10Mark D. Sobsey, et al., Inactivation of Hepatitis A Virus and Model Viruses in Water by Free Chlorine and Monochloramine, Great Lakes Chem. Corp. Wat. Sci. Tech. 20, No. 11/12, pp. 385-391, 1988.
11 *Standard Methods for the Examination of Water & Waste Water, 16th. Edition, Methods, Sec. 409, pp. 316 319.
12Standard Methods for the Examination of Water & Waste Water, 16th. Edition, Methods, Sec. 409, pp. 316-319.
13 *The NalCO Water Handbook, p. 22.9.
14 *World Patents Index, Section Ch. Week 7340, Derwent Publications Ltd., London, GB; Class C; AN 73 59227U & SU A 365 150 (Veterinary Sanitation), abstract.
15World Patents Index, Section Ch. Week 7340, Derwent Publications Ltd., London, GB; Class C; AN 73-59227U & SU-A-365 150 (Veterinary Sanitation), abstract.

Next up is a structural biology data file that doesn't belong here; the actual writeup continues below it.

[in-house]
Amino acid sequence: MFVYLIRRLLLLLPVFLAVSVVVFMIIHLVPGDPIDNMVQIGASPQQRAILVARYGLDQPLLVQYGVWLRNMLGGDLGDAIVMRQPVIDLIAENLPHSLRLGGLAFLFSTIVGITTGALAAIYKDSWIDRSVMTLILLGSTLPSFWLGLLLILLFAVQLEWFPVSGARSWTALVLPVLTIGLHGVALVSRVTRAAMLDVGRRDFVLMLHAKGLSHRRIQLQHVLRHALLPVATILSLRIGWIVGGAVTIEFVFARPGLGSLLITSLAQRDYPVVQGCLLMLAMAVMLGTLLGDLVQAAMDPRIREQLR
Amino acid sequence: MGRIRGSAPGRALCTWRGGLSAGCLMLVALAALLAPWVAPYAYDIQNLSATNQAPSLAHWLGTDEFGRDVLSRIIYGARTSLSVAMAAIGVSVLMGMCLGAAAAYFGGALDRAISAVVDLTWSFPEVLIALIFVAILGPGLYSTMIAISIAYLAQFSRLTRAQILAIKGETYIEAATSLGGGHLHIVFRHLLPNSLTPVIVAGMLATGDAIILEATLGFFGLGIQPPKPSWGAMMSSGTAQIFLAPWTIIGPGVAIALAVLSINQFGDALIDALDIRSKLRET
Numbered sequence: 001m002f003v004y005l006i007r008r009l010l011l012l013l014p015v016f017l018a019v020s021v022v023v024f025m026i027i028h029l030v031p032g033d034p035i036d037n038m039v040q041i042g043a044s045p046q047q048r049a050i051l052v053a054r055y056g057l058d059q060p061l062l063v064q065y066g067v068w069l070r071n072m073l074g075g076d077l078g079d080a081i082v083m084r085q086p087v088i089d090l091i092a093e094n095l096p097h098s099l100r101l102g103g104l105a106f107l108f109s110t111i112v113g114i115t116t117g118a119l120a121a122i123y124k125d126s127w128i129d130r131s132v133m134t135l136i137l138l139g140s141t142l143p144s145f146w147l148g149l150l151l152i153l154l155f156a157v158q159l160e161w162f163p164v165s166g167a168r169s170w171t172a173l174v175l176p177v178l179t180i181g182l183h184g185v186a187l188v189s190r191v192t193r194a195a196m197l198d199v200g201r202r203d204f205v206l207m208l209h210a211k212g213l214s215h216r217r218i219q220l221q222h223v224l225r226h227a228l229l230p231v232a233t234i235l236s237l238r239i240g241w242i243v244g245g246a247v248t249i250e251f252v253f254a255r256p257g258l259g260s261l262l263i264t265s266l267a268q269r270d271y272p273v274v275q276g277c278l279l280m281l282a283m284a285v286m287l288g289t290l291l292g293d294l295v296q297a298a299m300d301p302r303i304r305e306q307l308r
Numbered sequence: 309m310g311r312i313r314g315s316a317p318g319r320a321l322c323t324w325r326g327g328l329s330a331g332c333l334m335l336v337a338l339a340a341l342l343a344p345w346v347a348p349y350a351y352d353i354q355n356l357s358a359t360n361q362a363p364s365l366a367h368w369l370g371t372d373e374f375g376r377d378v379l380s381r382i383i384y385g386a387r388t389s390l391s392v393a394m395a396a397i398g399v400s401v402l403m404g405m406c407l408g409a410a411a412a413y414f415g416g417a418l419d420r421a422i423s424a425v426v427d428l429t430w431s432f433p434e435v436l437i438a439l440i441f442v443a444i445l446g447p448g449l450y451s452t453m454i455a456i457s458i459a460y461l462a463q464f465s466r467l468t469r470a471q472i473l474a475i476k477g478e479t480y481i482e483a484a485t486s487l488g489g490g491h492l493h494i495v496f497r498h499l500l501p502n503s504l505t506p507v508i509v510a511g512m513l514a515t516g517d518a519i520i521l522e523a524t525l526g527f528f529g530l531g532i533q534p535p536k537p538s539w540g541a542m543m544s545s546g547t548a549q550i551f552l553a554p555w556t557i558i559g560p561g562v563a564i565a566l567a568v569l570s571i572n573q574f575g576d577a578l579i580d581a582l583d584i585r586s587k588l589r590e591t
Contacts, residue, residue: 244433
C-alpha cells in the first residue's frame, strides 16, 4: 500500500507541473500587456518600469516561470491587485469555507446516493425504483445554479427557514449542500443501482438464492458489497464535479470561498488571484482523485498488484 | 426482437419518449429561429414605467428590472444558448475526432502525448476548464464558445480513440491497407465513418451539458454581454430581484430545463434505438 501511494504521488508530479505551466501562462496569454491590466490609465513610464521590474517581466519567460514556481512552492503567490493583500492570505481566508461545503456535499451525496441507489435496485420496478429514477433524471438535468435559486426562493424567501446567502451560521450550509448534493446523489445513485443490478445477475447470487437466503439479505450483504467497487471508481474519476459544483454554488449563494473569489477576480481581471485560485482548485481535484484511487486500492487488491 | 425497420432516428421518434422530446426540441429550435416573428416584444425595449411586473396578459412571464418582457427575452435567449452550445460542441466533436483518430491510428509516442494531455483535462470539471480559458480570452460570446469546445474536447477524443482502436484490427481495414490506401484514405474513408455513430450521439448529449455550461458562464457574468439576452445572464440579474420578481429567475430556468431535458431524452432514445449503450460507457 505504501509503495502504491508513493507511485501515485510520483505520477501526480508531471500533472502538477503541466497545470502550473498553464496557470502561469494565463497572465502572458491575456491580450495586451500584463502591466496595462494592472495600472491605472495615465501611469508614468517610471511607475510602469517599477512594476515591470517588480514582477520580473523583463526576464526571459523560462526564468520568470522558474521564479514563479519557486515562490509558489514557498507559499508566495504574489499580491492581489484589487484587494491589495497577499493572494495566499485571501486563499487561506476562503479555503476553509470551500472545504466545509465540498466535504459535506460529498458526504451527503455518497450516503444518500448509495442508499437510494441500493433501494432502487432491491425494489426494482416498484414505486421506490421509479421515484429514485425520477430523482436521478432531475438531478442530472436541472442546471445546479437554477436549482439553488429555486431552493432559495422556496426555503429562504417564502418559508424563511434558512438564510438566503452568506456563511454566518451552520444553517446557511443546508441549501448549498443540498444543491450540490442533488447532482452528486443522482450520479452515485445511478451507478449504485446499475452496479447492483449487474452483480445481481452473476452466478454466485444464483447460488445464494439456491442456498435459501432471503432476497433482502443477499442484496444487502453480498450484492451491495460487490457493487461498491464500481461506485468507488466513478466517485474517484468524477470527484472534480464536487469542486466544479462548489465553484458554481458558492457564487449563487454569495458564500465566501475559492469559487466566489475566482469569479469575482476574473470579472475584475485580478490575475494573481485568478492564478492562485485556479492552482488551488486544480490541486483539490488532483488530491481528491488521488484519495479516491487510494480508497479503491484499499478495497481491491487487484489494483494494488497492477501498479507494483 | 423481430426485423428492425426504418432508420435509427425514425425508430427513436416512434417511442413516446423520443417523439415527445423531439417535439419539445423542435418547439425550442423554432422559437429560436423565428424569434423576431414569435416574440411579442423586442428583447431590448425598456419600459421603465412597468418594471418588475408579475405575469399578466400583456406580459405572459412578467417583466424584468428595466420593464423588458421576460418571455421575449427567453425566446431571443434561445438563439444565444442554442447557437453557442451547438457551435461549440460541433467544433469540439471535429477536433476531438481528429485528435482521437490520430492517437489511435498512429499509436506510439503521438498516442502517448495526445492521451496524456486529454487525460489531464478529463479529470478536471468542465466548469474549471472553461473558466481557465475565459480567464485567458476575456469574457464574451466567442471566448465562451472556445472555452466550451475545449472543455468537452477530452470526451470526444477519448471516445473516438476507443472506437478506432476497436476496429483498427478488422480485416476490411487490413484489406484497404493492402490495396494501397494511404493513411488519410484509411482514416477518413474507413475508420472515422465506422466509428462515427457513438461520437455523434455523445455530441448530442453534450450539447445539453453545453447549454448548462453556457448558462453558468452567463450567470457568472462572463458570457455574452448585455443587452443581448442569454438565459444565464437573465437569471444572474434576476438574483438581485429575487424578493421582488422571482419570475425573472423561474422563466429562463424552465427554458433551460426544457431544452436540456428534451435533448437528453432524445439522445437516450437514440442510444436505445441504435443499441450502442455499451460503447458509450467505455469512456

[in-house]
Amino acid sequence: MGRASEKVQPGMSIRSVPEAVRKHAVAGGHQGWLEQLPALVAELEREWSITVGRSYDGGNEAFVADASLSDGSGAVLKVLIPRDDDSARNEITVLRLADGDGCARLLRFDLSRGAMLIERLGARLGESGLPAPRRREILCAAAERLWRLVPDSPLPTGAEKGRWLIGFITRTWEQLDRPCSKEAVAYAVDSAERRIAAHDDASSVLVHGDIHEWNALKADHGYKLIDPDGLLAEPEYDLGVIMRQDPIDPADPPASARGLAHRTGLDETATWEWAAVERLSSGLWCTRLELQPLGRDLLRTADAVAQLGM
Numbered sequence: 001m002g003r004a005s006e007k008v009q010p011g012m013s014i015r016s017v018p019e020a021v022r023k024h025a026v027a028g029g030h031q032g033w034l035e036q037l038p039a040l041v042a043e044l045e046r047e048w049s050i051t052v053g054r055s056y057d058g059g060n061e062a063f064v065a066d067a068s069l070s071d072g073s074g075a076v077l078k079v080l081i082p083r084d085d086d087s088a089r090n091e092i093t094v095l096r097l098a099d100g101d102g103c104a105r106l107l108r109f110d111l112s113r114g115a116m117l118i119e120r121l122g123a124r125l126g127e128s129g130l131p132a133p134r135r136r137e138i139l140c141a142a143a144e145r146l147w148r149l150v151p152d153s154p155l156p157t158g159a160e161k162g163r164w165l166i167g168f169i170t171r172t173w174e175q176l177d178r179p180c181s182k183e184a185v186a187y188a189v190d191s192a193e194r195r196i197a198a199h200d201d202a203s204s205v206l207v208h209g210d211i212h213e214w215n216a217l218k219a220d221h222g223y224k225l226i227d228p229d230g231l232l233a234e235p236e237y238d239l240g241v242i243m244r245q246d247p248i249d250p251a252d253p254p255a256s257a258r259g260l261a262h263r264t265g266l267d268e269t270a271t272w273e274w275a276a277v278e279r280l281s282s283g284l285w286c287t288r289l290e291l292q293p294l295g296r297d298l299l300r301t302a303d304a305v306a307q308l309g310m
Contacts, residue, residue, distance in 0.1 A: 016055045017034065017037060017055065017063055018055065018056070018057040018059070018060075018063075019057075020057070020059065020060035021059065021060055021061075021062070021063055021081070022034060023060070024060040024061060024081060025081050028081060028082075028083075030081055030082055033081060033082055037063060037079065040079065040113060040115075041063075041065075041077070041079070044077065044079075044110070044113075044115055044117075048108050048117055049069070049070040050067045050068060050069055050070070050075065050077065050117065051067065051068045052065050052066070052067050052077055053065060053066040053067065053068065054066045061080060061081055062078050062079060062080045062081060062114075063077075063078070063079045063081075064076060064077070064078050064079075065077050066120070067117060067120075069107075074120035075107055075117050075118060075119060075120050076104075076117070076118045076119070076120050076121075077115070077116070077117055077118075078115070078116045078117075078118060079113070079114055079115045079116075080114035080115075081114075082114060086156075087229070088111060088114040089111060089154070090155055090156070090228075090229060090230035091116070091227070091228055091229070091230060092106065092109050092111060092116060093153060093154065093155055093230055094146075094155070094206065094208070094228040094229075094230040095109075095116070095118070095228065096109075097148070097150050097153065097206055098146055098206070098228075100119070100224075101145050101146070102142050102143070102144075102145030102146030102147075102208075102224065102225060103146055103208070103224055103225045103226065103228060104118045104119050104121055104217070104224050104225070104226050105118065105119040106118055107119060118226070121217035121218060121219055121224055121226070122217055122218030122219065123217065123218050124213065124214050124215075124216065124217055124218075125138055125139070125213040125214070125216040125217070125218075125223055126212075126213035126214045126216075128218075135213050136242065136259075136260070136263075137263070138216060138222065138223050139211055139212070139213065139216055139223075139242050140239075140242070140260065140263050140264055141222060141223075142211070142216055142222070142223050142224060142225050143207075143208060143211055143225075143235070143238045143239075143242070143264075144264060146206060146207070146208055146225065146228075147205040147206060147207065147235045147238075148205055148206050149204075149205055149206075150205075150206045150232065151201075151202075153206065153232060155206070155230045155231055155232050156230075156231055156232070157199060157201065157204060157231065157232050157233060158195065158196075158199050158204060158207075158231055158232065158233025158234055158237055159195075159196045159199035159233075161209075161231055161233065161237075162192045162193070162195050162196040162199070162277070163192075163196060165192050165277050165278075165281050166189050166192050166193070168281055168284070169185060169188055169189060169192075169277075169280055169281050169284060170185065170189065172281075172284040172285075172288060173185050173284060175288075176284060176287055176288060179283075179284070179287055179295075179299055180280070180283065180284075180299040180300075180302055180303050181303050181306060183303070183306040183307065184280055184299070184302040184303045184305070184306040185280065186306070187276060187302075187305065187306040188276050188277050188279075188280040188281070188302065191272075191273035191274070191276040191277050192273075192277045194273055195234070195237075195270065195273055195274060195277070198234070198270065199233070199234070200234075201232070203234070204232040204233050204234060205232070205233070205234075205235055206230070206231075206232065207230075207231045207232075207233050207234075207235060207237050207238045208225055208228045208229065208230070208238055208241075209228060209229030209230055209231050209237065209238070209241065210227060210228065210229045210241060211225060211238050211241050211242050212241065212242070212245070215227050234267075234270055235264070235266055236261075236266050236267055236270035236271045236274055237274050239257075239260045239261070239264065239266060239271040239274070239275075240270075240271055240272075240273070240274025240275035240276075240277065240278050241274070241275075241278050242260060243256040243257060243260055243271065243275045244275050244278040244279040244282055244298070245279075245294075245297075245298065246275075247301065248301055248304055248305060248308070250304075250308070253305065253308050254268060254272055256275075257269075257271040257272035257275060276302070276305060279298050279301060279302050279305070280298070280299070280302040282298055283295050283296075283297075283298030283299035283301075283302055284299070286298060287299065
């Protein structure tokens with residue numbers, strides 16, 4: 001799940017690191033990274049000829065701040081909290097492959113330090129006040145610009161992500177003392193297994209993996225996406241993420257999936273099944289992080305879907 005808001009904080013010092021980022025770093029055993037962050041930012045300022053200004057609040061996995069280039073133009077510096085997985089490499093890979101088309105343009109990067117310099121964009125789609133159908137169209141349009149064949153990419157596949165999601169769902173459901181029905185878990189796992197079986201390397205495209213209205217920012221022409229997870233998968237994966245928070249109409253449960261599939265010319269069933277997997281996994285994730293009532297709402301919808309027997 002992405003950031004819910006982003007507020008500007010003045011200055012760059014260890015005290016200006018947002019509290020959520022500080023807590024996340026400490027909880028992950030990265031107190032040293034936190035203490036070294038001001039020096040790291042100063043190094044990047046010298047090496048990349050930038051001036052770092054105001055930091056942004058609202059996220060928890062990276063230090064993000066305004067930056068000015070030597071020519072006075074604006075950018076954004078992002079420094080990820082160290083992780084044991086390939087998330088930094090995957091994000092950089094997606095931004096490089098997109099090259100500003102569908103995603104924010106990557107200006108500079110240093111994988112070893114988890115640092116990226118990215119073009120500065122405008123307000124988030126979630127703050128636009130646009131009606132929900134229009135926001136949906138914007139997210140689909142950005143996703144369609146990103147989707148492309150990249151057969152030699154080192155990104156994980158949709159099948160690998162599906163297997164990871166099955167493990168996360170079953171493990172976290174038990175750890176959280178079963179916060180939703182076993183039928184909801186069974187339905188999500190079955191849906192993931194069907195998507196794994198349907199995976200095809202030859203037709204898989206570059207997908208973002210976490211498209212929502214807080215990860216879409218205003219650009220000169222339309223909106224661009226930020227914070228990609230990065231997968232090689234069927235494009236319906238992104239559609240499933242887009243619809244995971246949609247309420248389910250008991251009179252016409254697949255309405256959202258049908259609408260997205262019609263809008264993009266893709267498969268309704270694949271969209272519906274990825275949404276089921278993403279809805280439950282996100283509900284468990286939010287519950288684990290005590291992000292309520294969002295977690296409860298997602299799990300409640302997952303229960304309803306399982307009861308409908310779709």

16 *World Patents Index, Section Ch. Week 7704, Derwent Publications Ltd., London, GB; Class C, AN 77 07043Y & SU A 72, 747 861 (Leno Food), Jan. 31, 1972, abstract.
17World Patents Index, Section Ch. Week 7704, Derwent Publications Ltd., London, GB; Class C, AN 77-07043Y & SU-A-72, 747 861 (Leno Food), Jan. 31, 1972, abstract.
18 *World Patents Index, Section Ch. Week 8006, Derwent Publications Ltd., London GB; Class C, AN 80 09979C & JP A 54, 161 592 (Mitsubishi Gas Chem. Industry), Dec. 21, 1979, abstract.
19World Patents Index, Section Ch. Week 8006, Derwent Publications Ltd., London GB; Class C, AN 80-09979C & JP-A-54, 161 592 (Mitsubishi Gas Chem. Industry), Dec. 21, 1979, abstract.
Referenced by
Citing PatentFiling datePublication dateApplicantTitle
US6132628 *Jun 7, 1999Oct 17, 2000A.Y. Laboratories Ltd.Mixing hypochlorite and ammonium salt other than ammonium bromide; dilution, synchronously metering; continuous injection